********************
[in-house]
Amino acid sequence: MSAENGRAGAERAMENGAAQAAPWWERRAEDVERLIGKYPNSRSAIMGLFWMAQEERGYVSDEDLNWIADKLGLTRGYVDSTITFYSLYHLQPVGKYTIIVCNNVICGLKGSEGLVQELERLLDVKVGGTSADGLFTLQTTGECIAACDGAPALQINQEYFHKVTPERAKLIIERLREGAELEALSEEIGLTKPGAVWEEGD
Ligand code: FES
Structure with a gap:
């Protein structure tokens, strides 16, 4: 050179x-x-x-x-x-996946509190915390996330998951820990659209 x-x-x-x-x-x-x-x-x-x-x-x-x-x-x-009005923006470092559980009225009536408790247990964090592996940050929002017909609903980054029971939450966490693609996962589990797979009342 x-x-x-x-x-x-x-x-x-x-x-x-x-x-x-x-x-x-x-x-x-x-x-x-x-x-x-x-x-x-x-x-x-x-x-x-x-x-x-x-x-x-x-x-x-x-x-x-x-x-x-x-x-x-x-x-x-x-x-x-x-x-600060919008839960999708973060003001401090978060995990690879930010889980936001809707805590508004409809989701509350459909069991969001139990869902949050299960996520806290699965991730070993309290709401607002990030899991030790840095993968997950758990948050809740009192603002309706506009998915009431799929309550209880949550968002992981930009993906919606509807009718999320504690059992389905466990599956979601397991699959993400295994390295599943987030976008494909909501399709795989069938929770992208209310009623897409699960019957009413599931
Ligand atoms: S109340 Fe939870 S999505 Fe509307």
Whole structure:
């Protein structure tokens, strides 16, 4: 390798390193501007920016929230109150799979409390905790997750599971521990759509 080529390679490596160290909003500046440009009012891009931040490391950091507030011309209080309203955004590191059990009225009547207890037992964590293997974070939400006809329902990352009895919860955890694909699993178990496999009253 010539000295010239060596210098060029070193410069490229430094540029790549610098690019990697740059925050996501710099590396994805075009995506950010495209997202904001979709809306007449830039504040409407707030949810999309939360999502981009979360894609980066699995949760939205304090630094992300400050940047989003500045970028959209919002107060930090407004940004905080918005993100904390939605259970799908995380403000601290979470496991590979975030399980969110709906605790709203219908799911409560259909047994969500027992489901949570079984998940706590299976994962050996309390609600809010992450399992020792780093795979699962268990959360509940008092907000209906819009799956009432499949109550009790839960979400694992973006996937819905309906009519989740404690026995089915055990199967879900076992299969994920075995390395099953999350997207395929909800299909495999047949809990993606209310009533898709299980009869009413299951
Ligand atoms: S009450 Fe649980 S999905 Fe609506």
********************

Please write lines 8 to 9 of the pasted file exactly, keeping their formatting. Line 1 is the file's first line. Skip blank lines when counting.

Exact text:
């Protein structure tokens, strides 16, 4: 390798390193501007920016929230109150799979409390905790997750599971521990759509 080529390679490596160290909003500046440009009012891009931040490391950091507030011309209080309203955004590191059990009225009547207890037992964590293997974070939400006809329902990352009895919860955890694909699993178990496999009253 010539000295010239060596210098060029070193410069490229430094540029790549610098690019990697740059925050996501710099590396994805075009995506950010495209997202904001979709809306007449830039504040409407707030949810999309939360999502981009979360894609980066699995949760939205304090630094992300400050940047989003500045970028959209919002107060930090407004940004905080918005993100904390939605259970799908995380403000601290979470496991590979975030399980969110709906605790709203219908799911409560259909047994969500027992489901949570079984998940706590299976994962050996309390609600809010992450399992020792780093795979699962268990959360509940008092907000209906819009799956009432499949109550009790839960979400694992973006996937819905309906009519989740404690026995089915055990199967879900076992299969994920075995390395099953999350997207395929909800299909495999047949809990993606209310009533898709299980009869009413299951
Ligand atoms: S009450 Fe649980 S999905 Fe609506």